Chadwick Boseman's Death Shed Light on Colon Cancer, But Rates Remain High Among Black People
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In the year since the actor Chadwick Boseman’s death from colorectal cancer, Mo Jenkins said he considered — but resisted — getting screened for the deadly disease.
Two weeks ago, however, he watched for the second time the film “Black Panther” — Boseman’s most famous role — and the next day he made a doctor’s appointment.
Jenkins’ physician in Indianapolis had implored him to be tested. “I wanted to know if I was OK, but I didn’t want to take the test,” Jenkins, 48, said. He added that he watched the man who had played a superhero in a movie face colon cancer. “A superhero. He looked great. He looked strong. And then . . . he was gone.”
“I don’t know why watching that movie this time hit me like it did. But I made an appointment, and did the screening.”
Jenkins, a human resources manager, said he exhaled when his results came back indicating no signs of cancer. “Totally relieved,” he said. “But the point was to make sure I was OK before it was too late. Chadwick Boseman inspired me to do that.”
When Boseman died at 43, Black doctors had hoped it would be an inflection point for Black people in general, Black men in particular, to get screened for colon cancer, a treatable disease if discovered in time.
Doctors who spoke to NBC News said more Black men in their practices are being screened for colorectal cancer since Boseman’s death. Still, there is no quantifiable data to discern whether Black men, overall, have increased screenings.
Still, the reality remains: Black people are 20 percent more likely to get colon cancer than any other race, according to the American Cancer Society, and are 40 percent more likely to die from it. Further, they are more likely to have an advanced stage of colon cancer when diagnosed and have a shorter life span after being diagnosed.
Additionally, according to a report from the Dana-Farber Cancer Institute in Boston, factors contributing to the disproportionately high rate of colorectal cancer in Black people include lower rates of screening, structural racism, social determinants of health, and difficulty obtaining available treatment, among others.
Boseman’s death highlighted that public health organizations recommend colon cancer screening at 45 years old instead of 50.
“Most people, when they think of colon cancer, think of someone being old,” said Dr. Saundra Dalton-Smith, an internal medicine physician in Alabama. “You don’t think of someone who was in their early 40s, like Chadwick, definitely not someone who looked as healthy as he did. So, I think it really helps people to wake up to just how easy it is for this particular cancer to be active and do harm in your body without you being aware of it.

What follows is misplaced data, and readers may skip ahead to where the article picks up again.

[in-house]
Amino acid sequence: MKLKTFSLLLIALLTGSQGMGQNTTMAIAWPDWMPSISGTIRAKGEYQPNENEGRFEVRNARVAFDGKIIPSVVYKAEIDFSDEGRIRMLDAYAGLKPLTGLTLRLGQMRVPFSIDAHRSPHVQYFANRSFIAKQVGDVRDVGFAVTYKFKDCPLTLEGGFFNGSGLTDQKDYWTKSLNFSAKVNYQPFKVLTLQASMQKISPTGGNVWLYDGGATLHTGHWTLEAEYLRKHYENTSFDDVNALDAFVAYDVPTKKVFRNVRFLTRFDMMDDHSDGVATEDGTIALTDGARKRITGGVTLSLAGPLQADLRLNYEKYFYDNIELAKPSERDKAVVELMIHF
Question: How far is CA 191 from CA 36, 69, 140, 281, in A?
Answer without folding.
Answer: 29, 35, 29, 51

“And I think that was probably the No. 1 thing that came out of his death because a lot of patients did start asking specific questions like, ‘What do I need to look for as symptoms?’ So, awareness definitely increased.”
However, the doctors said two prevailing factors have offset the influence of Boseman’s death: the coronavirus pandemic and the perceived invasive nature of colon cancer testing.
Stay-at-home mandates as Covid raged in 2020 shut down in-person doctor appointments.
“I’ve seen a lot more people being screened since Covid restrictions were lifted,” said Dr. Timothy Quinn, a primary care physician in the Jackson, Mississippi, area. “But the pandemic changed a lot last year. A lot of people were skipping their doctor’s appointments, understandably afraid to come to the doctor because of factors like being around people in the waiting room. So that slowed down screenings, which never helps.”
Even if screenings increased among Black people, “we’re still on the low end of the spectrum in totality,” Dalton-Smith said. “Chadwick Boseman had this national profile. He was the Black Panther. He obviously raised awareness, but a lot of times in our community, we don’t want to get the screening because we start thinking about the whole invasiveness part of it when it doesn’t even have to be that.”
Men fret over the idea of having a colonoscopy — a procedure in which a long, flexible tube with a tiny video camera called a colonoscope is inserted into the rectum. The camera allows the doctor to view the inside of the entire colon.
Quinn said he recently had a patient whom he convinced to get screened, but only because he offered him a noninvasive option.
“His first concern was the colonoscopy,” he said. “He was trying to get out of there. I told him, ‘Hold up. You’re good. My hands are in my pockets.’ There’s another way.”
Quinn went on to explain that there is an FDA-approved at-home colon cancer test kit, which uses a stool sample from the patient. The physician would order the kit sent to the patient’s home. The patient would provide the sample, package it and send the kit to a laboratory for testing.
“And he’d receive the results in days,” Quinn said. “I told him this could be a life-changer. And he agreed to it. That was a big deal.”
Nolan-Smith agreed. “The No. 1 thing is, Chadwick Boseman was a kind of pushing point for some people being aware of the severity of the disease,” she said. “The idea now is to use that awareness and let people know that the key deterrent to getting tested — it being invasive — is not something to fear. There are other things you can do that are minimally invasive, like Cologuard, that still are very effective in early prevention.
“We’ve got to a place in medicine, where many of the cancers that used to kill people, can now be treated — if we catch it early enough,” she added. “The problem is, we still have double the death rate in the African American community. And a big part of that is because of not getting the preventative testing. That’s what, a year after losing Chadwick Boseman, we have to get out of it.”